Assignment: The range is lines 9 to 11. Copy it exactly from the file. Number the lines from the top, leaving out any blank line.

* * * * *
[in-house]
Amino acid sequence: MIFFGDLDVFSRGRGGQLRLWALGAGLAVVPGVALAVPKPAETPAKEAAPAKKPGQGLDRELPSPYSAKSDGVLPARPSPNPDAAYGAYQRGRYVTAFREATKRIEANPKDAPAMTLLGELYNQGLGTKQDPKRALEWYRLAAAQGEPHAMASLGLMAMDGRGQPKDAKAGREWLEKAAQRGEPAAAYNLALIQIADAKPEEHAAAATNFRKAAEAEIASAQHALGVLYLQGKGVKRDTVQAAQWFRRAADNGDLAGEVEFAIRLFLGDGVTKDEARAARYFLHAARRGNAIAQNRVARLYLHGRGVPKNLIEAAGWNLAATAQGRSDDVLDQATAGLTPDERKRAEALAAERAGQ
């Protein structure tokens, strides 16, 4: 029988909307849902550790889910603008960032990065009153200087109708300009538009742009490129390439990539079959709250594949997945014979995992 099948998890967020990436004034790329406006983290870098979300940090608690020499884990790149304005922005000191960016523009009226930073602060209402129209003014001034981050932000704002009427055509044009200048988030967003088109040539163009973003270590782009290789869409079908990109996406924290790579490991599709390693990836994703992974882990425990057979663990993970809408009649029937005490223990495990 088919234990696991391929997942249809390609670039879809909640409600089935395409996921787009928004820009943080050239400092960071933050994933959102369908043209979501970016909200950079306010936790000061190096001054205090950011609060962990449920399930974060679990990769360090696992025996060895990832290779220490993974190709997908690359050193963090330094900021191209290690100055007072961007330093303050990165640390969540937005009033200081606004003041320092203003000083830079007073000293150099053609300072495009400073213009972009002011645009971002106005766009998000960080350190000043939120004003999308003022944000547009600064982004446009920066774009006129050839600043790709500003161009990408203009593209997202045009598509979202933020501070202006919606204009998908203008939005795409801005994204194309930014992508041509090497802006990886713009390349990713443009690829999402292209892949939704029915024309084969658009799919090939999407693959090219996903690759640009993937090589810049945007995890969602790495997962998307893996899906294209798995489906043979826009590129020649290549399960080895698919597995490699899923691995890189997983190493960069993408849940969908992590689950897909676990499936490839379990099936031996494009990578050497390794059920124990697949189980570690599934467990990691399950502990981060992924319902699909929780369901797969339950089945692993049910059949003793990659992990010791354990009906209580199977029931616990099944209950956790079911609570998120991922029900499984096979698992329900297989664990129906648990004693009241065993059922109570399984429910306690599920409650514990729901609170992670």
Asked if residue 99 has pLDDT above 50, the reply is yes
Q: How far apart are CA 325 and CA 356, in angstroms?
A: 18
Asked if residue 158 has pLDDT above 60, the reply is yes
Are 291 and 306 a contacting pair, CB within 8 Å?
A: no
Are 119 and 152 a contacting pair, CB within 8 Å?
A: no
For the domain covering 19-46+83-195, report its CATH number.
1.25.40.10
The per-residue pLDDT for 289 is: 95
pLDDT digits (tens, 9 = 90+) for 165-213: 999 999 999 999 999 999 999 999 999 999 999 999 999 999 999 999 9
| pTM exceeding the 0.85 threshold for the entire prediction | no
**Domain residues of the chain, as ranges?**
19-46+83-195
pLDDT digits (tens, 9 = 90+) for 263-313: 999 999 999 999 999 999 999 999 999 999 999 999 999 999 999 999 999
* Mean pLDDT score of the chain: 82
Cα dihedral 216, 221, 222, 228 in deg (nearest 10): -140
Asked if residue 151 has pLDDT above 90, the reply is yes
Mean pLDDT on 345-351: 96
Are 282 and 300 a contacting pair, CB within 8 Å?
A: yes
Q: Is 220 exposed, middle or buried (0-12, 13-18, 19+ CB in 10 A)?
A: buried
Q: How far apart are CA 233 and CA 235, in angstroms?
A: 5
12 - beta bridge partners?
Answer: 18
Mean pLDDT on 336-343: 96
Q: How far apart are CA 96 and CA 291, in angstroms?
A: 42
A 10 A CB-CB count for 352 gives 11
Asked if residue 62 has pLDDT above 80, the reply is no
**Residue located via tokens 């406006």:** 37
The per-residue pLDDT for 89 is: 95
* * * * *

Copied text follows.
A: no
Are 119 and 152 a contacting pair, CB within 8 Å?
A: no